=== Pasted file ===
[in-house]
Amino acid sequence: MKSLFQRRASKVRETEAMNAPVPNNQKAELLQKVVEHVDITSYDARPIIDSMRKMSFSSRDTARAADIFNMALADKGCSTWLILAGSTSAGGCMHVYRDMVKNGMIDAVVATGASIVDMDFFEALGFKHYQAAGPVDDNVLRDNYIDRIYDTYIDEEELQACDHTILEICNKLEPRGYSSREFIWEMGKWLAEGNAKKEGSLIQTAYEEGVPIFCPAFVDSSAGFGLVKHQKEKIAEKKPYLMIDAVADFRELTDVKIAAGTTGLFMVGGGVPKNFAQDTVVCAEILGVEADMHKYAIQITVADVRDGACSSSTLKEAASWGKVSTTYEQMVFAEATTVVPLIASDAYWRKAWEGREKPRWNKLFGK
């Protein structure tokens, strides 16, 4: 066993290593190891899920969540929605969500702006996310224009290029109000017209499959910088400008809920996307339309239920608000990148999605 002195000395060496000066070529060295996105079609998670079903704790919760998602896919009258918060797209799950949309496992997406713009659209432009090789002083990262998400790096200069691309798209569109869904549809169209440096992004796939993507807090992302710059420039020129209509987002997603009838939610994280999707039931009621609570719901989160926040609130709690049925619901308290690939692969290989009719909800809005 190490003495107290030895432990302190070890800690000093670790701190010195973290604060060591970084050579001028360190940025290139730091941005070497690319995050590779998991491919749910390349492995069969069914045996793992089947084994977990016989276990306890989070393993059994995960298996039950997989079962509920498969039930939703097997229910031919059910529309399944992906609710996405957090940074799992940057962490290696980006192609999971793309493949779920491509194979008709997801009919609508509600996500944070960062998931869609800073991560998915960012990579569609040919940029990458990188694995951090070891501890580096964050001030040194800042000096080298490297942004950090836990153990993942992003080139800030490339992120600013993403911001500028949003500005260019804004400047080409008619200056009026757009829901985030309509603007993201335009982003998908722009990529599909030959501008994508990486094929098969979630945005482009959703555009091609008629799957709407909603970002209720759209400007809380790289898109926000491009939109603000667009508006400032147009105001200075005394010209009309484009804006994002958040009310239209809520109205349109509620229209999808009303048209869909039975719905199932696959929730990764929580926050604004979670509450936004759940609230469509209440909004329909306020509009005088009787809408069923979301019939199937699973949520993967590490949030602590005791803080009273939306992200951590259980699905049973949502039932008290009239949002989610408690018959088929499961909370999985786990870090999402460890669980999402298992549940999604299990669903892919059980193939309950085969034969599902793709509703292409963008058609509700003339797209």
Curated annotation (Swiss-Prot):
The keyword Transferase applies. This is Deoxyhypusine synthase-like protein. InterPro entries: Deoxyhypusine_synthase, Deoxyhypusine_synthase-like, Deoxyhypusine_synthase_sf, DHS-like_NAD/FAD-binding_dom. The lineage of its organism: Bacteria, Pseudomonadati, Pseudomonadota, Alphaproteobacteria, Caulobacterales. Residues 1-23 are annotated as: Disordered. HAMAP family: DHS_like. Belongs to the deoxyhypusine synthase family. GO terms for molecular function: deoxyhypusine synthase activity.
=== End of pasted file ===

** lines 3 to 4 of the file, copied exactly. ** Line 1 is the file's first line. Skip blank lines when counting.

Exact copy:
């Protein structure tokens, strides 16, 4: 066993290593190891899920969540929605969500702006996310224009290029109000017209499959910088400008809920996307339309239920608000990148999605 002195000395060496000066070529060295996105079609998670079903704790919760998602896919009258918060797209799950949309496992997406713009659209432009090789002083990262998400790096200069691309798209569109869904549809169209440096992004796939993507807090992302710059420039020129209509987002997603009838939610994280999707039931009621609570719901989160926040609130709690049925619901308290690939692969290989009719909800809005 190490003495107290030895432990302190070890800690000093670790701190010195973290604060060591970084050579001028360190940025290139730091941005070497690319995050590779998991491919749910390349492995069969069914045996793992089947084994977990016989276990306890989070393993059994995960298996039950997989079962509920498969039930939703097997229910031919059910529309399944992906609710996405957090940074799992940057962490290696980006192609999971793309493949779920491509194979008709997801009919609508509600996500944070960062998931869609800073991560998915960012990579569609040919940029990458990188694995951090070891501890580096964050001030040194800042000096080298490297942004950090836990153990993942992003080139800030490339992120600013993403911001500028949003500005260019804004400047080409008619200056009026757009829901985030309509603007993201335009982003998908722009990529599909030959501008994508990486094929098969979630945005482009959703555009091609008629799957709407909603970002209720759209400007809380790289898109926000491009939109603000667009508006400032147009105001200075005394010209009309484009804006994002958040009310239209809520109205349109509620229209999808009303048209869909039975719905199932696959929730990764929580926050604004979670509450936004759940609230469509209440909004329909306020509009005088009787809408069923979301019939199937699973949520993967590490949030602590005791803080009273939306992200951590259980699905049973949502039932008290009239949002989610408690018959088929499961909370999985786990870090999402460890669980999402298992549940999604299990669903892919059980193939309950085969034969599902793709509703292409963008058609509700003339797209």
Curated annotation (Swiss-Prot):